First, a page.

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Seattle: The sort of city you don't want to leave


The birthplace of Jimi Hendrix and grunge, Seattle has become a big American city without losing any of its small-town charm, writes David Sigston.

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Seattle is startlingly immaculate. Wide, clean streets cascade down to the busy waterfront in Downtown. People are friendly. They smile and laugh, and honking cars are a noticeably rare occurrence.

The city of 3.8 million people is undergoing a facelift, with dozens of cranes stretching into the serene skyline, but the biggest city in Washington State has retained its identity as a long-held bastion of progressiveness.

Nestled in the shadow of the Pacific Northwest’s mountains of forests and known as The Emerald City because of its overwhelming greenery, Seattle is home to corporate giants Boeing, Starbucks, Microsoft and Amazon.

It spearheads LGBTQI rights, was one of the first cities in America to legalise marijuana, and is a beacon for music and arts lovers.

The city now hosts the annual Upstream Music festival – the brainchild of Microsoft co-founder Paul Allen.

Into its second year, Upstream takes over the city’s oldest neighbourhood, Pioneer Square, in a fashion much like the seminal South by Southwest in Austin, Texas. Around 15 venues hosted more than 300 upcoming and established acts in June, with this year’s event headlined by Miguel, Jawbreaker and The Flaming Lips.

But the city is much more than a home for a cool annual music festival.

Tourists and locals flock to Seattle Center in Uptown, built for the 1962 World’s Fair. Headlined by the 184m Space Needle, the precinct offers more than 15 hectares of open space and other attractions, including the Museum of Pop Culture (MoPOP), Chihuly Garden and Glass.

The Space Needle offers incredible panoramic views of the city skyline and across Elliott Bay to the mountains and forests beyond where, on a clear day, the 4026m Mt Rainier looms in the distance.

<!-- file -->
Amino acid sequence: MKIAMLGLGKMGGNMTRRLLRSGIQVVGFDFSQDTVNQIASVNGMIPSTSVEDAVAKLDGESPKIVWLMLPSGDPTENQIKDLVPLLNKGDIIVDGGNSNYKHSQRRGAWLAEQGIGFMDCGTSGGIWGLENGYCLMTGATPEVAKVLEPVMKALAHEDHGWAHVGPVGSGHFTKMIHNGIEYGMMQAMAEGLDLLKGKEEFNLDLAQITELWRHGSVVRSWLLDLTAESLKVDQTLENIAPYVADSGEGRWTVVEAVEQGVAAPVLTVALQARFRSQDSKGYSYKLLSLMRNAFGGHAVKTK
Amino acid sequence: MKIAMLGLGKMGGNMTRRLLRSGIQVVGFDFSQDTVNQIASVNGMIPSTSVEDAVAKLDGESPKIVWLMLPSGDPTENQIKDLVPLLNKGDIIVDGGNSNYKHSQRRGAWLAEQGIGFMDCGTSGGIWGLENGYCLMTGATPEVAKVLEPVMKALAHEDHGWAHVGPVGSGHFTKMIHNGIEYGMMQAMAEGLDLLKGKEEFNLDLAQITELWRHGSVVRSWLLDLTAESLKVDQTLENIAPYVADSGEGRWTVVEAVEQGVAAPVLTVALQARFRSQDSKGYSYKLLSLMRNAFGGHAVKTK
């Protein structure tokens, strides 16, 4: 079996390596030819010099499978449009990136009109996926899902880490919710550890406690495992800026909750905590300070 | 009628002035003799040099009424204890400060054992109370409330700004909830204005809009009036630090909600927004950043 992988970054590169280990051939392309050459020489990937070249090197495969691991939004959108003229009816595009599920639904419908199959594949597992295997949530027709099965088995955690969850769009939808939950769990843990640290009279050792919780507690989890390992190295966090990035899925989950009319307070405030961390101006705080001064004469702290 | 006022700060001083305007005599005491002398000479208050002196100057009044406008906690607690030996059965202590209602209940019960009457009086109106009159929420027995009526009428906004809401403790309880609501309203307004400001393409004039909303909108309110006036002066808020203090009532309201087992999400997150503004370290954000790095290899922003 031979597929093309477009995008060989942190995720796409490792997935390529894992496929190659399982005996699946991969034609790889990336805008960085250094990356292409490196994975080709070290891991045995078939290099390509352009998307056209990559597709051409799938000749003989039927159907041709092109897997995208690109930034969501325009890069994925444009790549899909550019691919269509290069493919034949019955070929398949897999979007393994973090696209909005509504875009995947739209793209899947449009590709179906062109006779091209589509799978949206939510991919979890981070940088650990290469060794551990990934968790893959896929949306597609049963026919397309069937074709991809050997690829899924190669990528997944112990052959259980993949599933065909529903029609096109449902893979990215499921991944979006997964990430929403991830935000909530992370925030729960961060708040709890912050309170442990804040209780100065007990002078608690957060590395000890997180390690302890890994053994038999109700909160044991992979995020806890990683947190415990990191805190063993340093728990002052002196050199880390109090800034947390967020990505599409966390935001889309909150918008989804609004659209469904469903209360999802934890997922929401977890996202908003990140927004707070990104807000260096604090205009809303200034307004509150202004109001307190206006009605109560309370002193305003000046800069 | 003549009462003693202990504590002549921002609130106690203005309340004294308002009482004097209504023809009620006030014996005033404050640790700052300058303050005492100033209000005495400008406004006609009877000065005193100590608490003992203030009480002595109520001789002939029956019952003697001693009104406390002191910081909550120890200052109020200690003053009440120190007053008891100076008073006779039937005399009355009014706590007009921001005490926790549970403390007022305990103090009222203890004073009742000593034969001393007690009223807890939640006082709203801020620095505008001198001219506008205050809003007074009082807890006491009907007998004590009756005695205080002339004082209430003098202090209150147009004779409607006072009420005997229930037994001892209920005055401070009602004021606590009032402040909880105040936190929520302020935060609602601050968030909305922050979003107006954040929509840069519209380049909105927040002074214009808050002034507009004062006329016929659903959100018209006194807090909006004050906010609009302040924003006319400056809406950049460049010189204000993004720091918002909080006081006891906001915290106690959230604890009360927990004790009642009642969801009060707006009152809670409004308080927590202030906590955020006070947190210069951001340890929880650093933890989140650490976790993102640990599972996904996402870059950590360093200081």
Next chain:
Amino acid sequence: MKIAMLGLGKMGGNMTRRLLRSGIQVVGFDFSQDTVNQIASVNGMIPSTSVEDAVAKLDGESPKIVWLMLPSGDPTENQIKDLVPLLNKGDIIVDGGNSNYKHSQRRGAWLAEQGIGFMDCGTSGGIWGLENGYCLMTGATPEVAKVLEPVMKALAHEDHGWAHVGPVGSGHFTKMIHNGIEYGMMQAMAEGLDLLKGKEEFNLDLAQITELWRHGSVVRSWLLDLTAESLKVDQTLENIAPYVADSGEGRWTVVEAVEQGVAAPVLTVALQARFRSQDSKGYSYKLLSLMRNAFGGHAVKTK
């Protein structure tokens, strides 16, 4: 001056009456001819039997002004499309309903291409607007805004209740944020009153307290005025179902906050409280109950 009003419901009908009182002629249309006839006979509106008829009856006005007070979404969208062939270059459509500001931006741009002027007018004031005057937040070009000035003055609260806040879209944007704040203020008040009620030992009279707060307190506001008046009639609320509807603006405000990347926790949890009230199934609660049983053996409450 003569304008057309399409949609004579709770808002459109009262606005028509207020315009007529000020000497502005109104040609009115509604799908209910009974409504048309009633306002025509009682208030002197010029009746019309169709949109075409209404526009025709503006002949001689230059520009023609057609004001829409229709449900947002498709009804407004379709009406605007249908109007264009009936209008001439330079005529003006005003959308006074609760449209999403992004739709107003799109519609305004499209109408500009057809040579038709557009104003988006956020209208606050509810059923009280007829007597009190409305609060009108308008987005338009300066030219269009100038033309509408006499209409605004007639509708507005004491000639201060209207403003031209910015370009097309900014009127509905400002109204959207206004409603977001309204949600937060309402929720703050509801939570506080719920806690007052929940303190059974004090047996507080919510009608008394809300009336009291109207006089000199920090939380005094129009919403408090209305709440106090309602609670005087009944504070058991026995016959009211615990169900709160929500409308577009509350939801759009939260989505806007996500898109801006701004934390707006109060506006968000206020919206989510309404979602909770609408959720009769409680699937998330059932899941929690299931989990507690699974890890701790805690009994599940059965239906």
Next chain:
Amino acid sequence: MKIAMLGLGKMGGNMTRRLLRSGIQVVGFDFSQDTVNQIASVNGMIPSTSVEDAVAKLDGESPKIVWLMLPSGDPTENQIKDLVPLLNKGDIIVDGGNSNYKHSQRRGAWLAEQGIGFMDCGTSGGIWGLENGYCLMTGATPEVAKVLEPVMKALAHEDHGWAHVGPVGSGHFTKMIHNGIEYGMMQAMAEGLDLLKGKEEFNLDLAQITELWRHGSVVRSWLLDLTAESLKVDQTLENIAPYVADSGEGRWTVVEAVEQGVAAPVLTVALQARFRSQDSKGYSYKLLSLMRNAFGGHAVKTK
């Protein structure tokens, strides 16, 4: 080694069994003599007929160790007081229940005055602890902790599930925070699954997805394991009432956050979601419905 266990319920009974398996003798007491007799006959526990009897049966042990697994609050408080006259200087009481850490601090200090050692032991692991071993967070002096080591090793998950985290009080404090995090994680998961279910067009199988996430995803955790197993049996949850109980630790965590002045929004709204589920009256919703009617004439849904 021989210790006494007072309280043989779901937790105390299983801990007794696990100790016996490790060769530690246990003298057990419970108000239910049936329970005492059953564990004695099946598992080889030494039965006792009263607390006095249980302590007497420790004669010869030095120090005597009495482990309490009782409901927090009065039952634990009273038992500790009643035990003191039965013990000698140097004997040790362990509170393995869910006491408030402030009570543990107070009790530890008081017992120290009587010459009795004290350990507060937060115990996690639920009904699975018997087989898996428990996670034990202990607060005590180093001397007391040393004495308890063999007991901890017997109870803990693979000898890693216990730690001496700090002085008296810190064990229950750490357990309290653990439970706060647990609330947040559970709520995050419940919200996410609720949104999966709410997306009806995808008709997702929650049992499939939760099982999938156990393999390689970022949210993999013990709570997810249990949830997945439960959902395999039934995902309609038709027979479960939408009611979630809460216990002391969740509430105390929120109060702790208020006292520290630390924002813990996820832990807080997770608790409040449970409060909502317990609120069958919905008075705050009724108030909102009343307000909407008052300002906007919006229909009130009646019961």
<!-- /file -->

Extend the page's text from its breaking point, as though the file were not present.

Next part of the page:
MoPOP celebrates the immense talents of locals Hendrix and Nirvana, and has a range of rotating displays such as a horror film history and a Marvel exhibition.

Wild Blue Angel: Hendrix Abroad, 1966-1970, at the Museum of Pop Culture. Photo: Brady Harvey

Chihuly Garden and Glass is a winding maze of glass art created by Dale Chihuly, from nearby Tacoma.

Adjacent to the Space Needle, stunning glass structures and ceilings line the rooms, while the outside Glasshouse is speckled with glass flowers and suspended sculptures.

Back near Pioneer Square, the warm and engaging hosts at Bill Spiedel’s Underground Tours provide a walk through subterranean Seattle.

Visitors can marvel at the skylights built in the 1880s to allow underground shopping – the purple glass still visible in some areas of Pioneer Square.

Back up the hill, Pike Place Markets presents locals and travellers with a multi-level maze of farmers’ markets, food and craft stores.

The Seattle Farmers’ Market. Photo: Scott McCracken / flickr

The top-level entrance is a sprawling, open-air fish market that spills onto a heaving street full of diverse offerings such as Russian pastries, cheese stores, delis and baked goods.

Art lovers can take a five-minute stroll back into Downtown to the Seattle Art Museum, where patrons are immediately met with two striking pieces. Andy Warhol’s Double Elvis sits astride a huge wall, a life-size portrait of Elvis Presley in his Hollywood heyday.

A quick 180-turn lands on the breathtaking Untitled by enigmatic American artist Jean-Michel Basquait. On display for the first time on America’s west coast, the 1982 painting by the then 21-year-old is a cacophony of movement and colour and a comment on Black culture in America, as relevant today as it was then.

As the sun sets and hunger creeps in, diners can wander up to the corner of 4th Ave and Virginia St for the twin delights of restaurateur Tom Douglas – Dahlia Lounge and Lola.

While Lola offers more of a seafood and Mediterranean cuisine, Dahlia Lounge is a classic, refined dining space with a dazzling array of drinks to pair with fresh, local ingredients.

Elsewhere, the neighbourhood of Capitol Hill, a 10-minute drive from Downtown, is lined with charity stores, bars and cafes, and dappled with Pride flags.

Armies of volunteers meticulously clear litter and rubbish to prepare the diverse district for the annual Seattle PrideFest to be held in late June.

Seattle is the sort of city that visitors don’t want to leave. It may not be the tourist haven New York or Los Angeles is, but just a few days in the bubbling city and it feels like it could one day be home.

The 184m Space Needle dominates the cityscape.

Getting there: Virgin Australia flies to Los Angeles from Sydney, Melbourne and Brisbane. Delta Airlines flies you from LA to Seattle in around three hours.

Staying there: Loews Hotel in the heart of Downtown gives visitors a great base. It’s surrounded by a cluster of bars and restaurants. A 10-minute stroll leads to Pioneer Square in one direction, the pier in another direction, and Pike Place in the other. Visit

Playing there: Spend a day at Seattle Center to visit MoPOP, Chihuly Gardens and Glass, and take in the incredible views from the Space Needle. Explore underground Seattle and the waterfront, stroll through Capitol Hill and stop at bar for a quick drink or bite to eat. Marvel at the collection in the Seattle Art Museum and dine at nearby Dahlia Lounge.

The writer travelled as a guest of Brand USA and Virgin Australia.


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